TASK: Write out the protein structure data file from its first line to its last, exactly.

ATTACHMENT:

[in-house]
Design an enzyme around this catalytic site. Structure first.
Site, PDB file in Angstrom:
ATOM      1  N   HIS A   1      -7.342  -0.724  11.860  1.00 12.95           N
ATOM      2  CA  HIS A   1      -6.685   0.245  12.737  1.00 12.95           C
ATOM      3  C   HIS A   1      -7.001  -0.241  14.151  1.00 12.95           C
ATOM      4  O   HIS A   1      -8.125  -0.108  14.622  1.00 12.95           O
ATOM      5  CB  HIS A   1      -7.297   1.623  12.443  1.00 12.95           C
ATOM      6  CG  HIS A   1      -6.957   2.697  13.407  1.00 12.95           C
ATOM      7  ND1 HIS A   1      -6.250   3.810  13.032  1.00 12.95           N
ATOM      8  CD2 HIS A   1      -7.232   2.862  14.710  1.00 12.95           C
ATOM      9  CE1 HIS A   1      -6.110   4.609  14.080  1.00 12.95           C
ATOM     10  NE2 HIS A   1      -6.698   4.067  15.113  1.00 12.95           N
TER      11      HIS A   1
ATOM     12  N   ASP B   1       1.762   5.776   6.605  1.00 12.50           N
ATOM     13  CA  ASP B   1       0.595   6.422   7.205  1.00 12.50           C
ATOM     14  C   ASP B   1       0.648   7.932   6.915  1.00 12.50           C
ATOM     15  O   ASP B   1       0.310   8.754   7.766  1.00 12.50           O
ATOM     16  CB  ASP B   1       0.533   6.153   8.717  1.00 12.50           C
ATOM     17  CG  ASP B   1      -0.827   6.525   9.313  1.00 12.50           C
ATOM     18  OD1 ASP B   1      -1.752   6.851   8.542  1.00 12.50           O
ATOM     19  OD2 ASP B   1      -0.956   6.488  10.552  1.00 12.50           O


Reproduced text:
[in-house]
Design an enzyme around this catalytic site. Structure first.
Site, PDB file in Angstrom:
ATOM      1  N   HIS A   1      -7.342  -0.724  11.860  1.00 12.95           N
ATOM      2  CA  HIS A   1      -6.685   0.245  12.737  1.00 12.95           C
ATOM      3  C   HIS A   1      -7.001  -0.241  14.151  1.00 12.95           C
ATOM      4  O   HIS A   1      -8.125  -0.108  14.622  1.00 12.95           O
ATOM      5  CB  HIS A   1      -7.297   1.623  12.443  1.00 12.95           C
ATOM      6  CG  HIS A   1      -6.957   2.697  13.407  1.00 12.95           C
ATOM      7  ND1 HIS A   1      -6.250   3.810  13.032  1.00 12.95           N
ATOM      8  CD2 HIS A   1      -7.232   2.862  14.710  1.00 12.95           C
ATOM      9  CE1 HIS A   1      -6.110   4.609  14.080  1.00 12.95           C
ATOM     10  NE2 HIS A   1      -6.698   4.067  15.113  1.00 12.95           N
TER      11      HIS A   1
ATOM     12  N   ASP B   1       1.762   5.776   6.605  1.00 12.50           N
ATOM     13  CA  ASP B   1       0.595   6.422   7.205  1.00 12.50           C
ATOM     14  C   ASP B   1       0.648   7.932   6.915  1.00 12.50           C
ATOM     15  O   ASP B   1       0.310   8.754   7.766  1.00 12.50           O
ATOM     16  CB  ASP B   1       0.533   6.153   8.717  1.00 12.50           C
ATOM     17  CG  ASP B   1      -0.827   6.525   9.313  1.00 12.50           C
ATOM     18  OD1 ASP B   1      -1.752   6.851   8.542  1.00 12.50           O
ATOM     19  OD2 ASP B   1      -0.956   6.488  10.552  1.00 12.50           O